Today's Back to the Mac keynote wasn't all about the MacBook Air. After a grueling 45-minute walkthrough of the new iLife, Jobs finally pulled the curtain over the next version of Mac OS X, Lion, which is due out next summer.
With this release, the name of the game will be taking what makes the iPhone and iPad tick and bringing it to the Mac. That means the App Store, full-screen applications, and the app launch screen will all be making an appearance in Lion. The Mac App Store is undoubtedly the piece de resistance, and Apple actually plans to release it within the next couple of months, well ahead of the Lion launch. Developers will be able to submit apps in November.
The Mac App Store will look and behave not unlike the iTunes App Store. In today's demo, Apple showed how purchasing an application made the icon fly into the dock while the app downloaded and installed itself in the background. App updates will be rolled out automatically, too. Jobs said developers can expect the same 70-to-30% revenue split as with the iTunes App Store—as in, Apple gets a 30% cut from each commercial app sold.
OS X Lion will let users switch to something called Launchpad to access their software. Launchpad will behave pretty much exactly like the iOS home screen, with multiple pages filled with app icons and folders on a grid. Running apps will still display floating windows just like they do now, but newer ones will let folks switch to a full-screen mode, as well, concealing the menu bar and dock. Along those lines, Apple will consolidate its Expose and Spaces window-management features into something called Mission Control, which will list full-screen apps at the top of the screen and windowed apps in the middle. Windowed apps will be presented as stacks of windows with the app icon hovering over them (see the screenshot at the bottom of this page).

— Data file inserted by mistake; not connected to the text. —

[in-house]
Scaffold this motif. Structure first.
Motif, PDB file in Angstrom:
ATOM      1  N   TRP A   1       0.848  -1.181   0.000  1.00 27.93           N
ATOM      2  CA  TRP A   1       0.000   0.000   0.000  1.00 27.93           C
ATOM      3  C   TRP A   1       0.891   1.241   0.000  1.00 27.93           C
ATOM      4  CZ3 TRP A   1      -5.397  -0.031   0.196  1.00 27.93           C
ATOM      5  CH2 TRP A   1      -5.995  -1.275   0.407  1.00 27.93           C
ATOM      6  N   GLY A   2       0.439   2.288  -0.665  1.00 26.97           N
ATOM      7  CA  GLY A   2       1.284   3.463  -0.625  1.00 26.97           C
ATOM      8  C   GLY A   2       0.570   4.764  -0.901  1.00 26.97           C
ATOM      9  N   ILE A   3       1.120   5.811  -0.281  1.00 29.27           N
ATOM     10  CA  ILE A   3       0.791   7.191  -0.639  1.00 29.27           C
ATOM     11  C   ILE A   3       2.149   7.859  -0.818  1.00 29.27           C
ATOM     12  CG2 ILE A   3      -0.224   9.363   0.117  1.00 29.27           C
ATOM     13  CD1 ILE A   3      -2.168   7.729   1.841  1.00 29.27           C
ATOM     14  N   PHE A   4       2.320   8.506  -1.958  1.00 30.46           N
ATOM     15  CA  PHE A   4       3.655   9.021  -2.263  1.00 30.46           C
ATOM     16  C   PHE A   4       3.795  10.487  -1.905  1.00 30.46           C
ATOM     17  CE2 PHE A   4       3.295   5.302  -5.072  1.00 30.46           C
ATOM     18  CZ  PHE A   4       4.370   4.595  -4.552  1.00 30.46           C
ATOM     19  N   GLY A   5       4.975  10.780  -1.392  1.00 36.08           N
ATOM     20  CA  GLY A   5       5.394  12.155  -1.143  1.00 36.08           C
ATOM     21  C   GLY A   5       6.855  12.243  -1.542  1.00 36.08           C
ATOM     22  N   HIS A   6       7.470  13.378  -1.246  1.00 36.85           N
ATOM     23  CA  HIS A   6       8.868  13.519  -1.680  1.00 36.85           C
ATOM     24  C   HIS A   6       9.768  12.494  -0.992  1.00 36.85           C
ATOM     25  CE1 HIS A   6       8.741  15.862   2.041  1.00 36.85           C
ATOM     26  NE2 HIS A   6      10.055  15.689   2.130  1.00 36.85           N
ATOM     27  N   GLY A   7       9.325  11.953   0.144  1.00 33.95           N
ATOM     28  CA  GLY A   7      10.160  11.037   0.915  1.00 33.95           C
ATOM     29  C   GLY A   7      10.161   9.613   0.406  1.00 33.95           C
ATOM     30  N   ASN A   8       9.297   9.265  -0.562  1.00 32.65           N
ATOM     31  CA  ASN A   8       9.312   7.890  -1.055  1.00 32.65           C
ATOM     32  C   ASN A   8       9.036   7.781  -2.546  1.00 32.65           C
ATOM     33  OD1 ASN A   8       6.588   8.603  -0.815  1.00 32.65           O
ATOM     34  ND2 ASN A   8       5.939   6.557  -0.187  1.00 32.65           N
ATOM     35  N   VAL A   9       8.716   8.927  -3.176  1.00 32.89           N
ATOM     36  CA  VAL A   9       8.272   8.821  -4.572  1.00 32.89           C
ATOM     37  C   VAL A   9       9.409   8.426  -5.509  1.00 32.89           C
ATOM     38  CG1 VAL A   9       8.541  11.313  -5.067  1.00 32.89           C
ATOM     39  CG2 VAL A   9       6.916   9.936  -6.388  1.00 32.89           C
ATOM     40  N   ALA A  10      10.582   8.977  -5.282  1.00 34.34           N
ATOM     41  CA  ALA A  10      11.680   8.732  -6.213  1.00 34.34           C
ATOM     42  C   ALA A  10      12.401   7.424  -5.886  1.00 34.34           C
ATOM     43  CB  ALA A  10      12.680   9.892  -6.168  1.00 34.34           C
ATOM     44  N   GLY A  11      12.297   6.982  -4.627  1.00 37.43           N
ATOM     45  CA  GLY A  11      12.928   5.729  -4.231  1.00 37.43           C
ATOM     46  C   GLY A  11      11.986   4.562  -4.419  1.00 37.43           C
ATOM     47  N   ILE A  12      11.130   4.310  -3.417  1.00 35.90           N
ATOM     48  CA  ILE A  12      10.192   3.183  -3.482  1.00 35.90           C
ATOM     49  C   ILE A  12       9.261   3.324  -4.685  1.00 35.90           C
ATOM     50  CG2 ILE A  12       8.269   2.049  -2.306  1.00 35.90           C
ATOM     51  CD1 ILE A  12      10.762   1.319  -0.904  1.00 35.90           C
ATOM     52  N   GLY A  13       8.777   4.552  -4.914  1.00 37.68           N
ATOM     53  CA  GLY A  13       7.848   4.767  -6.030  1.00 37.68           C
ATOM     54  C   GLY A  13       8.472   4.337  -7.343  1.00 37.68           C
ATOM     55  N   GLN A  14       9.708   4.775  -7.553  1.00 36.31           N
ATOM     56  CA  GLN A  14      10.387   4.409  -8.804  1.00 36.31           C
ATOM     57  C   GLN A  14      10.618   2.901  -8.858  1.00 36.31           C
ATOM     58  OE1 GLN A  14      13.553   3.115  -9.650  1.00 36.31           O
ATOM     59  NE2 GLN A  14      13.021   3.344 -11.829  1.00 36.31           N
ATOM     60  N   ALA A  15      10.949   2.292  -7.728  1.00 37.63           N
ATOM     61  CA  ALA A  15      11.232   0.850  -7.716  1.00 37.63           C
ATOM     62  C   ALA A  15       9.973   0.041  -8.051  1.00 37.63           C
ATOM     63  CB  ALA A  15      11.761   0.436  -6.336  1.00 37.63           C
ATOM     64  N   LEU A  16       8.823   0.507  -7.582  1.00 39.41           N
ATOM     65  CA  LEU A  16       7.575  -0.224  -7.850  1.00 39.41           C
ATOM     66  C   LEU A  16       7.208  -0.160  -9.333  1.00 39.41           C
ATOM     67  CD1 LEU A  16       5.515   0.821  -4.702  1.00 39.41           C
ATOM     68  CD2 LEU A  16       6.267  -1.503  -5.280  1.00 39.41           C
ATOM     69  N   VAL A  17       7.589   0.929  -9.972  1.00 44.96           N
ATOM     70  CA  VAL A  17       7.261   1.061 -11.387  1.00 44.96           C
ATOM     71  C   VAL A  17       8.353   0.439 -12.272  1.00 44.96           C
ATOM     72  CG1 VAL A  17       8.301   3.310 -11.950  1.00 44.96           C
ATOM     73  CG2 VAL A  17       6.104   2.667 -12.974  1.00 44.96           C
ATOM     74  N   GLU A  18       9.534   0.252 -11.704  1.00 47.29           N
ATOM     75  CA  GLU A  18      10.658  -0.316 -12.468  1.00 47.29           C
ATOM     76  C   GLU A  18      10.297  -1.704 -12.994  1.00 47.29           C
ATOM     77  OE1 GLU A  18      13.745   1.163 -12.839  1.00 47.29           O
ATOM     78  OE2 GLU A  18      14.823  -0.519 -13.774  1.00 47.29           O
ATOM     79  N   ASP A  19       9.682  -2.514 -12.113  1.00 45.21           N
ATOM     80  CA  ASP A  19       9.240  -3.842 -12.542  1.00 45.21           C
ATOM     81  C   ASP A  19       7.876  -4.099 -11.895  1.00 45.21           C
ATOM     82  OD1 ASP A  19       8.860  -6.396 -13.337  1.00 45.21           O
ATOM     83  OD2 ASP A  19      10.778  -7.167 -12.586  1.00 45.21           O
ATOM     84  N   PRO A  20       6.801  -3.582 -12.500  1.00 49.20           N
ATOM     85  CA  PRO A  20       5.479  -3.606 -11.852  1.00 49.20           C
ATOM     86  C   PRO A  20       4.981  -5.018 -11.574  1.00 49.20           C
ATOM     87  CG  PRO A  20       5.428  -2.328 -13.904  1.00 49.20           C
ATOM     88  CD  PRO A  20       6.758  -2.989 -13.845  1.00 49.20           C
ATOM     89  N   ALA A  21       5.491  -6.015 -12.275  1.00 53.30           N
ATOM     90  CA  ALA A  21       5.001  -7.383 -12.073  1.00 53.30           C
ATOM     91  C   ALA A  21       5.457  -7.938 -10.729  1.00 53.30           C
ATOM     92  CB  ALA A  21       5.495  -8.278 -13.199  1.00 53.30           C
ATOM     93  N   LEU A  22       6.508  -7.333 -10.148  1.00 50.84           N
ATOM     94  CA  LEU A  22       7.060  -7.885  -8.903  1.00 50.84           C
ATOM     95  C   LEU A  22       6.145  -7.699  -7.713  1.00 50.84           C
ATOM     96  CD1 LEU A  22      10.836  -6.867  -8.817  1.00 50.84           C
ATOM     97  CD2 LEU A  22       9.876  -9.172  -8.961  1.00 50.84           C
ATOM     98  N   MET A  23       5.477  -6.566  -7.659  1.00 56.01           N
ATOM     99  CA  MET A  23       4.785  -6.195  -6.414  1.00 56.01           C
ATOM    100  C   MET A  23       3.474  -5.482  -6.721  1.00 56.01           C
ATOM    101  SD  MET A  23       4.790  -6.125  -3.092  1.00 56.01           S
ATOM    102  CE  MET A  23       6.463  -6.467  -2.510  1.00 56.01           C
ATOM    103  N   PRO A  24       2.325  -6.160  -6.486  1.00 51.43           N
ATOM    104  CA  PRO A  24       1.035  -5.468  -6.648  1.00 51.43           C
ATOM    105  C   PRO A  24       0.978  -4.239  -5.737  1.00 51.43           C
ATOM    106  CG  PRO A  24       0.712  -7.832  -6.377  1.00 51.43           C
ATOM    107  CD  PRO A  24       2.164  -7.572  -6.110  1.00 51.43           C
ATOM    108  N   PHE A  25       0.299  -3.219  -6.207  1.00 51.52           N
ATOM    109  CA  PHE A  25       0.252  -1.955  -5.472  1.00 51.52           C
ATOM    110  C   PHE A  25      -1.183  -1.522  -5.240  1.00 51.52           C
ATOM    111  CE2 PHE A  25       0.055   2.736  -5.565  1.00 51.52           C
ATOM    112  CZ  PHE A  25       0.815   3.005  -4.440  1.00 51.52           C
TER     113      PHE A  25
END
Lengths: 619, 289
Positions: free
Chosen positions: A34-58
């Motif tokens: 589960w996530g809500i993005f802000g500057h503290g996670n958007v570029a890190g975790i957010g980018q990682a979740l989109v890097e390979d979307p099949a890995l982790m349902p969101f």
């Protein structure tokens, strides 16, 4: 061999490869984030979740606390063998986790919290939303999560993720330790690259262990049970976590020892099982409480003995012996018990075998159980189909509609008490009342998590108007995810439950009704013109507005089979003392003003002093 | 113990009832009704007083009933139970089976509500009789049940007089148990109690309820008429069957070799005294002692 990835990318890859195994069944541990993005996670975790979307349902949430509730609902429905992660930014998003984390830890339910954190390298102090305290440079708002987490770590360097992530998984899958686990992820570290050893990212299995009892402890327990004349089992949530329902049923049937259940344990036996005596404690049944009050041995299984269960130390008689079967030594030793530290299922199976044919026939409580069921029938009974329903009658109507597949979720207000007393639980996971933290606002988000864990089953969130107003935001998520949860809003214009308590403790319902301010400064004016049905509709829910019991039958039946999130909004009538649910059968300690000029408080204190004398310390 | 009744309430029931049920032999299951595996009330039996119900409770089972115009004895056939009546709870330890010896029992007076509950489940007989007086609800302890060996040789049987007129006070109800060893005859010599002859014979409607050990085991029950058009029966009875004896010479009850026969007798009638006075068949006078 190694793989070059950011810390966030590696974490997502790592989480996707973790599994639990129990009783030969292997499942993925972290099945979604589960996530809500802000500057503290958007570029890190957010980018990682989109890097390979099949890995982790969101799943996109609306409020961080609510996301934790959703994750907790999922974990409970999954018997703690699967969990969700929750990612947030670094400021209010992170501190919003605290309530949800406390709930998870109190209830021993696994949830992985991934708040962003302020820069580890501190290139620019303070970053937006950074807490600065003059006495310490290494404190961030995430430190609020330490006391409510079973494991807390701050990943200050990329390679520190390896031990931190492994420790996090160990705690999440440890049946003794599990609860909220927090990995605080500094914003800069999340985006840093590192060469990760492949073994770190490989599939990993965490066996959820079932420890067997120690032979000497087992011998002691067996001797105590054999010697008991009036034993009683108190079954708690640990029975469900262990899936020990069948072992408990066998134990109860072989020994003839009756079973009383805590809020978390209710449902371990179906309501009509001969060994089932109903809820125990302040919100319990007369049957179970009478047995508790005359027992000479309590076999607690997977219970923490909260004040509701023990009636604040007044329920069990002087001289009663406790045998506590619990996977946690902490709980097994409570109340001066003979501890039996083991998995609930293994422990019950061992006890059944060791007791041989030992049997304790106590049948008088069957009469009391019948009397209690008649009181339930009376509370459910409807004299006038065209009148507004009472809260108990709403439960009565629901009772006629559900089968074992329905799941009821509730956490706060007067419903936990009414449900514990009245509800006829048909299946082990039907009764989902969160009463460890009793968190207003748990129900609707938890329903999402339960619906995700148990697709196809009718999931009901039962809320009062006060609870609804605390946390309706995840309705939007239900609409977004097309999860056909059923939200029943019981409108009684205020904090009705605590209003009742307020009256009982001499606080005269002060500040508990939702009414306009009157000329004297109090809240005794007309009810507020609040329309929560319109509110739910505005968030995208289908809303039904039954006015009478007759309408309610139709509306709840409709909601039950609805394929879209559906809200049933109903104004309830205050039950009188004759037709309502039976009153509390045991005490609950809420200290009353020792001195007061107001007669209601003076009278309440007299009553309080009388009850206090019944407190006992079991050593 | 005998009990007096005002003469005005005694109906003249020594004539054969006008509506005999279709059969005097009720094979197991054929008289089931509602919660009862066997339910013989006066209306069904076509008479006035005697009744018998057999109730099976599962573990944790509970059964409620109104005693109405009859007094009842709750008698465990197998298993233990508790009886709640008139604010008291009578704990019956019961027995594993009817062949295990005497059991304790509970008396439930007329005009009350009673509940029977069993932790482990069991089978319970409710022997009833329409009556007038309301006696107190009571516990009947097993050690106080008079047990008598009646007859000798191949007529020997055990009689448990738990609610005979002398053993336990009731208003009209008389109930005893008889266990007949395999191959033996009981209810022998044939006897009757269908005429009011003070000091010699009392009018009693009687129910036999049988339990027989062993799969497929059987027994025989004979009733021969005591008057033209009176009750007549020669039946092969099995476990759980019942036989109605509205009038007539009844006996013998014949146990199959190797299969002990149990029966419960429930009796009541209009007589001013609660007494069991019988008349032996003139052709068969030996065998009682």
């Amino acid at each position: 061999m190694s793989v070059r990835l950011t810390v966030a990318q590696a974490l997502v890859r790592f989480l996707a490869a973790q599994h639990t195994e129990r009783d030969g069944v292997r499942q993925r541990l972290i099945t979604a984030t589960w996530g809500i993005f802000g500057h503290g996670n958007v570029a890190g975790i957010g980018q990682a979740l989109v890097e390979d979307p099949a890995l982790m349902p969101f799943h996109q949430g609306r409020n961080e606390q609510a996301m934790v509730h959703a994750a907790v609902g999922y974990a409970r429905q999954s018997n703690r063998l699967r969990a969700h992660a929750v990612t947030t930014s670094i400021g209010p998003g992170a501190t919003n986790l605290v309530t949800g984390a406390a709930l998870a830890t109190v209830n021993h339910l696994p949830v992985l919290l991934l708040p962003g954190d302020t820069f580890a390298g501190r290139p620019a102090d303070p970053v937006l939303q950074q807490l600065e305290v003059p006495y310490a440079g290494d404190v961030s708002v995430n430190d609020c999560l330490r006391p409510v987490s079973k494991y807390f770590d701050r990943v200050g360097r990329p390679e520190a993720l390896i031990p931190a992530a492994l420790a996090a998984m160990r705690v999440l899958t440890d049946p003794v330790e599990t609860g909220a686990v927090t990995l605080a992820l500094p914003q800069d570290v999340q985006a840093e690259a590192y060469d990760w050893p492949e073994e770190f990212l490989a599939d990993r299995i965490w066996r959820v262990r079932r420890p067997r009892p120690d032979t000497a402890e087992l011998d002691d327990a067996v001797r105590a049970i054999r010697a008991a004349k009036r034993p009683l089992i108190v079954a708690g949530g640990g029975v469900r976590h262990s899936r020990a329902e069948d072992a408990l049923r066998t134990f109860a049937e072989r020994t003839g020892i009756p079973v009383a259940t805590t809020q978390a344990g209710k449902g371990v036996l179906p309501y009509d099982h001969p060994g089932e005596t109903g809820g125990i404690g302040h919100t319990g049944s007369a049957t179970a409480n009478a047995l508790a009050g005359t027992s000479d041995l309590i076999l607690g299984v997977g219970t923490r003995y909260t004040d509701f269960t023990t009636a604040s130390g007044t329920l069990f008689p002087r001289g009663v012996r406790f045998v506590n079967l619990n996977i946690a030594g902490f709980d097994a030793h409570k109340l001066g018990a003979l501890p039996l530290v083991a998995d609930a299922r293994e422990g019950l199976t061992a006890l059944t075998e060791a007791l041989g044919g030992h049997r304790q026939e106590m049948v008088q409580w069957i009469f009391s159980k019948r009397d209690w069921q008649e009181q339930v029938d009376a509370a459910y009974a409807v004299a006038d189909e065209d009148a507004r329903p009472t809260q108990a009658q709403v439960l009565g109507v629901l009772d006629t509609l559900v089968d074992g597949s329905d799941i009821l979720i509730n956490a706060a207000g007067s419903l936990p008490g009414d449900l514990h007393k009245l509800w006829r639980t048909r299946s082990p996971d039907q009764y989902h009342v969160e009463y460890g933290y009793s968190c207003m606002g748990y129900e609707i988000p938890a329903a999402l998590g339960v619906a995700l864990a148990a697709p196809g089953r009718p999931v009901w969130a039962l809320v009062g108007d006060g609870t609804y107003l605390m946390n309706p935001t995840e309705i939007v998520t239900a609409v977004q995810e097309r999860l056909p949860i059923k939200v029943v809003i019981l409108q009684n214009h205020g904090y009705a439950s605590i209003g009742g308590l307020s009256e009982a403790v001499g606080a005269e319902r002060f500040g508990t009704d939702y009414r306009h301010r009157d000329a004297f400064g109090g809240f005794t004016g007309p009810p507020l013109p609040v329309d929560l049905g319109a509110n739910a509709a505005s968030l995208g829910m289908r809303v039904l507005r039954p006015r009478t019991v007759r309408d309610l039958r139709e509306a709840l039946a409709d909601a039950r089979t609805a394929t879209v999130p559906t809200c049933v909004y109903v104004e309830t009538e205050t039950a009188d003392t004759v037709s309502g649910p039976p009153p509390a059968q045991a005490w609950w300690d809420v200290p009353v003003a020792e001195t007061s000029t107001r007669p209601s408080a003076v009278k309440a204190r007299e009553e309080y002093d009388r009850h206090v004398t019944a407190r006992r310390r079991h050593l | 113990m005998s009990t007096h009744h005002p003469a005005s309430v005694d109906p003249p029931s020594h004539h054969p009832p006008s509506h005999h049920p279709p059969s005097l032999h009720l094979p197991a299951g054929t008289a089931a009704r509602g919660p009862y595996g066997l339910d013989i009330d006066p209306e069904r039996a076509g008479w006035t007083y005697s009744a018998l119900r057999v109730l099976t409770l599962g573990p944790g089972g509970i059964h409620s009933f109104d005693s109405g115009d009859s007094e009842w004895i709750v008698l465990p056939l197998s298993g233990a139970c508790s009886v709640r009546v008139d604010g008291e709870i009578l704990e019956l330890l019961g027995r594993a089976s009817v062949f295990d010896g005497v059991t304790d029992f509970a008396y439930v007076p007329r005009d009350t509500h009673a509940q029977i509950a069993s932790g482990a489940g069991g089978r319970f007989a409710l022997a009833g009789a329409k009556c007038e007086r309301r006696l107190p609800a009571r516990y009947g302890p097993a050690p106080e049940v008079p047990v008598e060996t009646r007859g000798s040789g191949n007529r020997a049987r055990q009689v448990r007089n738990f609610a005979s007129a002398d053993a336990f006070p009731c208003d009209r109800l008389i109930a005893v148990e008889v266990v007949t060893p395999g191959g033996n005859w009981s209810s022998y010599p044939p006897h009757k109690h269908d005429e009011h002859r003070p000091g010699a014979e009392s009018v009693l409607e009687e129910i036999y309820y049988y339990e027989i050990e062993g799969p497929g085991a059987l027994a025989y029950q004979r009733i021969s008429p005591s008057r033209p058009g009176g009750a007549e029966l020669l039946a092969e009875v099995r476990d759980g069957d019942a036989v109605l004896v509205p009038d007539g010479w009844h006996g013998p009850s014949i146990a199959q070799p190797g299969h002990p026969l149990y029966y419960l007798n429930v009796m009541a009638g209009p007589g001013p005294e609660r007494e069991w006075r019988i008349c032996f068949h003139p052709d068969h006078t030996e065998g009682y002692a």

All of this functionality will be driven by multi-touch gestures, but interestingly, Jobs threw cold water on the notion that future Macs could ship with touch-screen displays. He said internal testing has shown that touch-screen input on a vertical display gets uncomfortable after a while, and Apple's existing touchpads—including the newly released Magic Trackpad—already give users a great way to input multi-touch gestures.
For the most part, I like where Apple is going with this. OS X already does a great job of letting you easily jumping back and forth between apps with multi-touch gestures, but some consolidation wouldn't hurt. Also, the Mac App store could provide a centralized location for app retrieval and updates—a feature I've always liked in Linux distributions like Ubuntu but that has, so far, eluded both Windows and OS X. I don't know what to make of that touch-screen iMac patent now, though.
|Go back in time with Nanoxia's Ncore Retro keyboard||5|
|WD unveils a raft of HGST enterprise storage products||7|
|Fatal1ty by Monster's FXM 200 gaming headset reviewed||10|
|Independent QA firm digs into the causes of Note 7 battery fires||31|
|BenQ SW320 monitor is one of the first with HDR||16|
|GeForce 376.19 drivers bring Oculus Touch support||2|
|Corsair's Carbide Series Air 740 case reviewed||10|
|Micron 5100-series SSDs make speedy datacenter storage cheaper||22|
|Intel takes the lid off the full specs of its Apollo Lake NUCs||43|